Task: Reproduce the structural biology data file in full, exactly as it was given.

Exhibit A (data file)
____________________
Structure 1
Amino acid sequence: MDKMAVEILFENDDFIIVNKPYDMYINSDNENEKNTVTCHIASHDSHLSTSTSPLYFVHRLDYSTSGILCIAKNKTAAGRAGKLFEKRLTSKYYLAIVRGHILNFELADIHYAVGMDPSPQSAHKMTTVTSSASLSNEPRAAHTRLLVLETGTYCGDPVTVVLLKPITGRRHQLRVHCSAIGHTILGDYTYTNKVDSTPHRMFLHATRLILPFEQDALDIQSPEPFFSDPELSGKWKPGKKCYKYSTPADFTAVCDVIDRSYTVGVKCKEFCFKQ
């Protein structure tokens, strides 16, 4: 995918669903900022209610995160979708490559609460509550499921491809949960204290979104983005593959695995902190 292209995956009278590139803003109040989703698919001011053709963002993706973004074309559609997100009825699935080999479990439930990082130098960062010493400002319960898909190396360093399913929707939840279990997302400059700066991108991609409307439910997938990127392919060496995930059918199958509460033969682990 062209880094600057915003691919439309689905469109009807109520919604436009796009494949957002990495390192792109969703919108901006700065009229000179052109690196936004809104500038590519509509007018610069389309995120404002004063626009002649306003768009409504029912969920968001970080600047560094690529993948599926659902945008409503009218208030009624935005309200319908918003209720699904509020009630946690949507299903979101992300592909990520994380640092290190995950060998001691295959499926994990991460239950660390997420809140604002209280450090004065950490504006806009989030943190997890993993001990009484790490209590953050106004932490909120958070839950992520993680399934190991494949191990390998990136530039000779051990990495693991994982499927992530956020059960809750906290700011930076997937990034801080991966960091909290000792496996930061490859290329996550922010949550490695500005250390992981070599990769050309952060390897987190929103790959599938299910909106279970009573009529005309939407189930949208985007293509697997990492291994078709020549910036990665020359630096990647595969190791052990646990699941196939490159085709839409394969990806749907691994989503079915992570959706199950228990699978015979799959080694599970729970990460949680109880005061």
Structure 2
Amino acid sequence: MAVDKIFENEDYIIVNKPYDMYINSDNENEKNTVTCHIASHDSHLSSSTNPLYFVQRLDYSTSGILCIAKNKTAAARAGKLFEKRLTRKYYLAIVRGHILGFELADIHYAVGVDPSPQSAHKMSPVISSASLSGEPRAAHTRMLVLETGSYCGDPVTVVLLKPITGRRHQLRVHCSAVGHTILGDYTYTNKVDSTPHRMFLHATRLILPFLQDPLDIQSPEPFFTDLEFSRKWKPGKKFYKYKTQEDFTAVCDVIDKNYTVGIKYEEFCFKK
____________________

Structure 1
Amino acid sequence: MDKMAVEILFENDDFIIVNKPYDMYINSDNENEKNTVTCHIASHDSHLSTSTSPLYFVHRLDYSTSGILCIAKNKTAAGRAGKLFEKRLTSKYYLAIVRGHILNFELADIHYAVGMDPSPQSAHKMTTVTSSASLSNEPRAAHTRLLVLETGTYCGDPVTVVLLKPITGRRHQLRVHCSAIGHTILGDYTYTNKVDSTPHRMFLHATRLILPFEQDALDIQSPEPFFSDPELSGKWKPGKKCYKYSTPADFTAVCDVIDRSYTVGVKCKEFCFKQ
């Protein structure tokens, strides 16, 4: 995918669903900022209610995160979708490559609460509550499921491809949960204290979104983005593959695995902190 292209995956009278590139803003109040989703698919001011053709963002993706973004074309559609997100009825699935080999479990439930990082130098960062010493400002319960898909190396360093399913929707939840279990997302400059700066991108991609409307439910997938990127392919060496995930059918199958509460033969682990 062209880094600057915003691919439309689905469109009807109520919604436009796009494949957002990495390192792109969703919108901006700065009229000179052109690196936004809104500038590519509509007018610069389309995120404002004063626009002649306003768009409504029912969920968001970080600047560094690529993948599926659902945008409503009218208030009624935005309200319908918003209720699904509020009630946690949507299903979101992300592909990520994380640092290190995950060998001691295959499926994990991460239950660390997420809140604002209280450090004065950490504006806009989030943190997890993993001990009484790490209590953050106004932490909120958070839950992520993680399934190991494949191990390998990136530039000779051990990495693991994982499927992530956020059960809750906290700011930076997937990034801080991966960091909290000792496996930061490859290329996550922010949550490695500005250390992981070599990769050309952060390897987190929103790959599938299910909106279970009573009529005309939407189930949208985007293509697997990492291994078709020549910036990665020359630096990647595969190791052990646990699941196939490159085709839409394969990806749907691994989503079915992570959706199950228990699978015979799959080694599970729970990460949680109880005061």
Structure 2
Amino acid sequence: MAVDKIFENEDYIIVNKPYDMYINSDNENEKNTVTCHIASHDSHLSSSTNPLYFVQRLDYSTSGILCIAKNKTAAARAGKLFEKRLTRKYYLAIVRGHILGFELADIHYAVGVDPSPQSAHKMSPVISSASLSGEPRAAHTRMLVLETGSYCGDPVTVVLLKPITGRRHQLRVHCSAVGHTILGDYTYTNKVDSTPHRMFLHATRLILPFLQDPLDIQSPEPFFTDLEFSRKWKPGKKFYKYKTQEDFTAVCDVIDKNYTVGIKYEEFCFKK